Spieth well rested and ready to roll at The Players


PONTE VEDRA BEACH, Fla. – For most golfers, two weeks off isn’t much of a break. For 20-year-old Jordan Spieth, it seems like a lifetime.

“I feel very rested,” said Spieth, who is making his first start since a tie for 12th last month at the RBC Heritage. “I had two weeks off, which is very rare. Didn’t do that at all last year in the middle of the season.”

Spieth is hopeful that the (relatively) extended break will not affect his momentum, as he enters off a stretch of four top-20 finishes in his last five starts, highlighted by his runner-up at the Masters. While this is his first Players Championship appearance, Spieth has a bit of experience on the Stadium Course from his days as a junior golfer.

“Three and a half years ago I played in the Junior Players (at TPC Sawgrass),” Spieth said Wednesday. “I felt like it fit my game well and I played well that week, and I got beat by a 20-footer on the last hole.”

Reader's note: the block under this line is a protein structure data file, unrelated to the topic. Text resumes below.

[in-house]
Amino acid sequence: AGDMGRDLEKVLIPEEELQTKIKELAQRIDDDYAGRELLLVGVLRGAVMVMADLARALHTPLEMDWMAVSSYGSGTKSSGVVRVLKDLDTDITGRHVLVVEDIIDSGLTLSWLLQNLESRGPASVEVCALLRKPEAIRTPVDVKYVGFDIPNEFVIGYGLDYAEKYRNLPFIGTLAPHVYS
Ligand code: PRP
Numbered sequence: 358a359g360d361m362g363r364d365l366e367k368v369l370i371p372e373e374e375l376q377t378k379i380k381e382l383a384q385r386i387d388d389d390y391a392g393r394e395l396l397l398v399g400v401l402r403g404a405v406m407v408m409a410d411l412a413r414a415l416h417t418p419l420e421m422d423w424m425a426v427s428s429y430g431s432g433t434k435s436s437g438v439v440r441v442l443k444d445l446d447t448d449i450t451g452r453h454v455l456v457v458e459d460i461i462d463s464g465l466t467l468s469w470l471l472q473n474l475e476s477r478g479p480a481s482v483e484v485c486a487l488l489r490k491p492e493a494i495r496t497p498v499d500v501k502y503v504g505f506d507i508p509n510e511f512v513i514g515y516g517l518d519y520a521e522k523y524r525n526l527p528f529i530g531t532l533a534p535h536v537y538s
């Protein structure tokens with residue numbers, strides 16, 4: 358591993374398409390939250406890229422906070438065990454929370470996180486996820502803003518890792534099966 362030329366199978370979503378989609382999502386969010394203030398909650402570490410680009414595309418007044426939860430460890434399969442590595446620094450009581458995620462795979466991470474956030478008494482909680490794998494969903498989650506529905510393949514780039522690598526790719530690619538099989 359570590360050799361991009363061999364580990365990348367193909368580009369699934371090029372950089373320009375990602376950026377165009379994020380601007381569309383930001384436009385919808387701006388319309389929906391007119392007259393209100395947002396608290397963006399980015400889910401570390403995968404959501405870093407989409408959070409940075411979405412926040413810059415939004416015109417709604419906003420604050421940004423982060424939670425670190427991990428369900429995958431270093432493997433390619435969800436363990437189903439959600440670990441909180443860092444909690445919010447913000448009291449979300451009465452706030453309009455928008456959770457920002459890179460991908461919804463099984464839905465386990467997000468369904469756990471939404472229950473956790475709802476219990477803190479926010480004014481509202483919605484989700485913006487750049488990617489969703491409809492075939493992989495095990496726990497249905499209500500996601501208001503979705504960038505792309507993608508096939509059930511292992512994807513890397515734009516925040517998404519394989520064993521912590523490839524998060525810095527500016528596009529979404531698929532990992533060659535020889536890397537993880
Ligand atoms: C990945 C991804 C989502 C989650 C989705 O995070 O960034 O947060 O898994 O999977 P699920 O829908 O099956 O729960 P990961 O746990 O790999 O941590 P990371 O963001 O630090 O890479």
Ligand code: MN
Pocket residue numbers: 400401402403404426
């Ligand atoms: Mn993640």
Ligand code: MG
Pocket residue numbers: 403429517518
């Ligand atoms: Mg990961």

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Four weeks after forfeiting a two-shot lead during the final round at Augusta National, Spieth sees only positives from the season’s first major. He also seeks inspiration from the career arc of Rory McIlroy, who let a green jacket slip through his fingers at a young age but has since bounced back to win two majors.

“I’m trying to really see it as a positive, really see it as something going forward that was good for me,” said Spieth. “Obviously it was a great experience, but not being able to pull it off could be great going forward because it is humbling to know that I had it in my hands and kind of let it slip in a sense.”

Spieth explained that he has shied away from watching replays of the Masters, and that after moving from a limited status to No. 7 in the world in less than a year, his focus remains on the future.

“I’ve set goals. I’ve set goals from when I was 15 years old, and I still have yet to accomplish a couple of those,” he said. “Those could take two years and those could take 20 years, but in order for it to actually happen, I’ve got to keep my head down and keep moving forward and work as hard or harder than anybody.”